Back in 2016, elevator manufacturer ThyssenKrupp announced its plans to develop the world’s first rope-free elevator, MULTI, which promised to transport building occupants not only vertically, but horizontally, as well. The company caused a stir the following year when it unveiled a working 1:3-scale model at ThyssenKrupp Innovation Center in Spain. The model a featured a pair of 32-foot-high shafts shared by four cabs to demonstrate linear motor technology, which is based on magnetic levitation (Maglev) trains.
Now, Thyssenkrupp has reportedly conducted successful tests of the system at their new 800-foot-tall testing facility in Rottweil, Germany, the tallest elevator test tower in the world.
A Refresher on MULTI
MULTI proposes a circuitous system by using 90-degree turning equipment and electromagnetic levitation technology. This combination will move more cars per shaft — vertically and horizontally — ultimately reducing waiting time for an elevator to an estimated 15 to 30 seconds maximum. To ensure safety, multi-propulsion and braking systems in the cabins will be employed, as will the manufacturer’s TWIN elevator safety control system that already has a proven record.
“The sideways capability will allow passengers to now move to all parts of a building, significantly increasing efficiency,” says Brad Nemeth, vice president of sustainability for Thyssenkrupp Elevator Americas. The system is also enables the seamless transportation of passengers to nearby infrastructure such as parking garages. “You’ll no longer see this hard division between how you get to a building and how you transport within a building,” Nemeth added. “Over time you’ll see those lines disappear.”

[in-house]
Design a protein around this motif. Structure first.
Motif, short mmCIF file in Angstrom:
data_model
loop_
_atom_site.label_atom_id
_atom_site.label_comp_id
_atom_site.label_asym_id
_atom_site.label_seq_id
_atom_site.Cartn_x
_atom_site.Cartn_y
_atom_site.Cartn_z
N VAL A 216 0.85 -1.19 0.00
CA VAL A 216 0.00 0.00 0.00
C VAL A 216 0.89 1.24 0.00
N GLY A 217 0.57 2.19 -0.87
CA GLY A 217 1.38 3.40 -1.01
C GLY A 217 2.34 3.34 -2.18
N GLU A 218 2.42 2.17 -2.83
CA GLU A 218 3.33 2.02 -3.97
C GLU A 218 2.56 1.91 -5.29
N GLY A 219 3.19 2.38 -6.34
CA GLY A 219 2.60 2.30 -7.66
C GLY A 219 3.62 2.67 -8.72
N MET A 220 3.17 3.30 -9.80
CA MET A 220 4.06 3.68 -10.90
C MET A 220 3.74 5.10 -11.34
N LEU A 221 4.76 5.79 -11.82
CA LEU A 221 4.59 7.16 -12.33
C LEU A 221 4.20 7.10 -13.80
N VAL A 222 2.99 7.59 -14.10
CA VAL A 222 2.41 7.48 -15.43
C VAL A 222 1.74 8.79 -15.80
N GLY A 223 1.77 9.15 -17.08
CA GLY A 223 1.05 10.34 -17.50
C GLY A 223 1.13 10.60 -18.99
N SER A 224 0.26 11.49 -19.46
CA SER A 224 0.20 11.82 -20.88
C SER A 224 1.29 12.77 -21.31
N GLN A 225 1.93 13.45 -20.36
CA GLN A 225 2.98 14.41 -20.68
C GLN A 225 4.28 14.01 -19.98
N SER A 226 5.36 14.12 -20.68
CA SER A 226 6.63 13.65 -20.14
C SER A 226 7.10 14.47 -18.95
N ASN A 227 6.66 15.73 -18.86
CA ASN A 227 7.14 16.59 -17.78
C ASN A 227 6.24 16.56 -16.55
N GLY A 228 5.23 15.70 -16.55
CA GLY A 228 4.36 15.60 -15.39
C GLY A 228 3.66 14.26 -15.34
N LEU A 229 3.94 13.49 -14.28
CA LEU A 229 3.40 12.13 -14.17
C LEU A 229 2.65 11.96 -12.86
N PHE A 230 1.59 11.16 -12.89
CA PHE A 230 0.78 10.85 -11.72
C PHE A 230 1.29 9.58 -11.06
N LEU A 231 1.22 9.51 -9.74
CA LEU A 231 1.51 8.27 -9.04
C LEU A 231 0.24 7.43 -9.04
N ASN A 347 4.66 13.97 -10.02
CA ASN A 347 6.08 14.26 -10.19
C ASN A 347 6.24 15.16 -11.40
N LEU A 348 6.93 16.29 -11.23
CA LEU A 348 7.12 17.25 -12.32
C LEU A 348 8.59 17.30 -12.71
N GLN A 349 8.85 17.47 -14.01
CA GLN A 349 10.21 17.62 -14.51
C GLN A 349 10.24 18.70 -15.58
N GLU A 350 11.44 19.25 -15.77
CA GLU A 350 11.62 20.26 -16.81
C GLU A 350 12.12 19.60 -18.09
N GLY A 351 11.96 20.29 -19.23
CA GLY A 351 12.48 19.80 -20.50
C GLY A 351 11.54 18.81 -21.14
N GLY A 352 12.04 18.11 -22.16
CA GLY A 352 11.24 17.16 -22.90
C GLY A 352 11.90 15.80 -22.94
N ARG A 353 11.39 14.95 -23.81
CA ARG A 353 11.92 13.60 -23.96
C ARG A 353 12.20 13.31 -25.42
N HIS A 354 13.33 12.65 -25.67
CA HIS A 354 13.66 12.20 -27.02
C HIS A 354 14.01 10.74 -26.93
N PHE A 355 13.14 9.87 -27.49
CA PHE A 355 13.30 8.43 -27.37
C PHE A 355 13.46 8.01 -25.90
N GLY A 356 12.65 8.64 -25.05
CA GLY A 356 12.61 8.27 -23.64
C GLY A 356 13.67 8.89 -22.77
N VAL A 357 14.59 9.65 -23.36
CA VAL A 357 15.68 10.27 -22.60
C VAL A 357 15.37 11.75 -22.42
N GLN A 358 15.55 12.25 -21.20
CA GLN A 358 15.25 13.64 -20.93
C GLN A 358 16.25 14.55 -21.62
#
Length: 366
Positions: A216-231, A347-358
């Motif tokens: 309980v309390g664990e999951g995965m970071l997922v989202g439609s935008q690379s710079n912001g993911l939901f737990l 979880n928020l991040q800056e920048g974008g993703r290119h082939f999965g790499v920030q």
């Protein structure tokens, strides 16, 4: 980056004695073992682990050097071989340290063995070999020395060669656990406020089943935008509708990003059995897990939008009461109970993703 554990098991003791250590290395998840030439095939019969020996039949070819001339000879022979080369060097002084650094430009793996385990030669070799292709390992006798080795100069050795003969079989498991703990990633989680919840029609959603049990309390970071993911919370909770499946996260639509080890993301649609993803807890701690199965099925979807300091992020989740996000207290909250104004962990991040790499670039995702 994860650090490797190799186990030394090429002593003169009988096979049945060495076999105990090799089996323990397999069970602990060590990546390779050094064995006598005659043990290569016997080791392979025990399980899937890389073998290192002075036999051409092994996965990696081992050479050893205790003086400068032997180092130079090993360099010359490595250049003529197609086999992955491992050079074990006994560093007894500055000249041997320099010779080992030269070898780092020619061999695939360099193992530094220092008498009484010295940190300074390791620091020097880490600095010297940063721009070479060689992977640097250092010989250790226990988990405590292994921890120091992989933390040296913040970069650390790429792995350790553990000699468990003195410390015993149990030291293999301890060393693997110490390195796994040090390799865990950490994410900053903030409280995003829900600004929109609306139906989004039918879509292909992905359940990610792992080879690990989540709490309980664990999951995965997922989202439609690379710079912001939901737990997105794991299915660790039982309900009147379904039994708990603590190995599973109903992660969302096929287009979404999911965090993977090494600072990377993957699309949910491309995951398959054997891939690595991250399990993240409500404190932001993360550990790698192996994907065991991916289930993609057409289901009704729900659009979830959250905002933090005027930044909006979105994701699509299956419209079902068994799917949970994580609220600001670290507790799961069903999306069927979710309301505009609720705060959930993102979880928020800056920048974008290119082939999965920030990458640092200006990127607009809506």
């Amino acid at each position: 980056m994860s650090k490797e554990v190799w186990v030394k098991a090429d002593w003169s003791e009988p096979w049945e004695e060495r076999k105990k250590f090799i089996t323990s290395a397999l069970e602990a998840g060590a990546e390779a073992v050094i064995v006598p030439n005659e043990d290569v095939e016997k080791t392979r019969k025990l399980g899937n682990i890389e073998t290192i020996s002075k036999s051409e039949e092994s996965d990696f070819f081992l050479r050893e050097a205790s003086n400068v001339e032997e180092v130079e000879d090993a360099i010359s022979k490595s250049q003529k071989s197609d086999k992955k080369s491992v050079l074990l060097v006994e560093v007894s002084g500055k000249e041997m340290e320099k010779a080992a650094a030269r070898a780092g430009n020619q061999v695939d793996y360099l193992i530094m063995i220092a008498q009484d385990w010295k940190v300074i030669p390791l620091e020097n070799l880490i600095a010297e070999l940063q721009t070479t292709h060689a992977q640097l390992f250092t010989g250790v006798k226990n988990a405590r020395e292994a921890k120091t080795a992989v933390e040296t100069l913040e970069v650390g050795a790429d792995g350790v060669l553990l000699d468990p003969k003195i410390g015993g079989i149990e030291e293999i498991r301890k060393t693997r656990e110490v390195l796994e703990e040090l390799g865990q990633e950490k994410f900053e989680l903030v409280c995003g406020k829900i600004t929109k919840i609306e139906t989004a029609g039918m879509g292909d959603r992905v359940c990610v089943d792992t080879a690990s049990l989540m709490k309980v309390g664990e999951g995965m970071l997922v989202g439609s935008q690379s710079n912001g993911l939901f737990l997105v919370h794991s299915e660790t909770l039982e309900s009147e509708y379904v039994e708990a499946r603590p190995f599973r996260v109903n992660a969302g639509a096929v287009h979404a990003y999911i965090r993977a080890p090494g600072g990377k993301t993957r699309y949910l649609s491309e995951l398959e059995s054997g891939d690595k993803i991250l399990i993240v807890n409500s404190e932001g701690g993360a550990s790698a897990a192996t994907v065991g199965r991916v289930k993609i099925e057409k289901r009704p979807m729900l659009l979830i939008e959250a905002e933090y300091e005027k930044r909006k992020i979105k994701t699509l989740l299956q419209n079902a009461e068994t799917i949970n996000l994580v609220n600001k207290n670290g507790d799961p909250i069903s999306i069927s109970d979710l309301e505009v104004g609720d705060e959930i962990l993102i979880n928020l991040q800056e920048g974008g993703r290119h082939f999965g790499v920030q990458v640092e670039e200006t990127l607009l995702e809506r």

Thyssenkrupp also commissioned TU-Dresden to develop a new, lightweight cabin that would be compatible with the new technology. TU-Dresden was responsible for the Cabin, Composyst for production, Acentiss for construction, and Neongrau and Intolight for the lighting concept, interface and user guidance.
Beyond its immense implications for architectural implications, the MULTI rope-free elevator system also offers both real estate and sustainability benefits. First, it can increase passenger capacity while reducing the elevator’s overall footprint in a building by half, thanks to the removal of ropes and linear motors. Second, cabins and doors will be made with new and lightweight carbon-composite materials that will reduce weight compared to standard lifts by 50 percent.
Stayed to Architizer for updates on this technology, and for more on vertical circulation through buildings, explore our Architect’s Guide to Elevators and Escalators.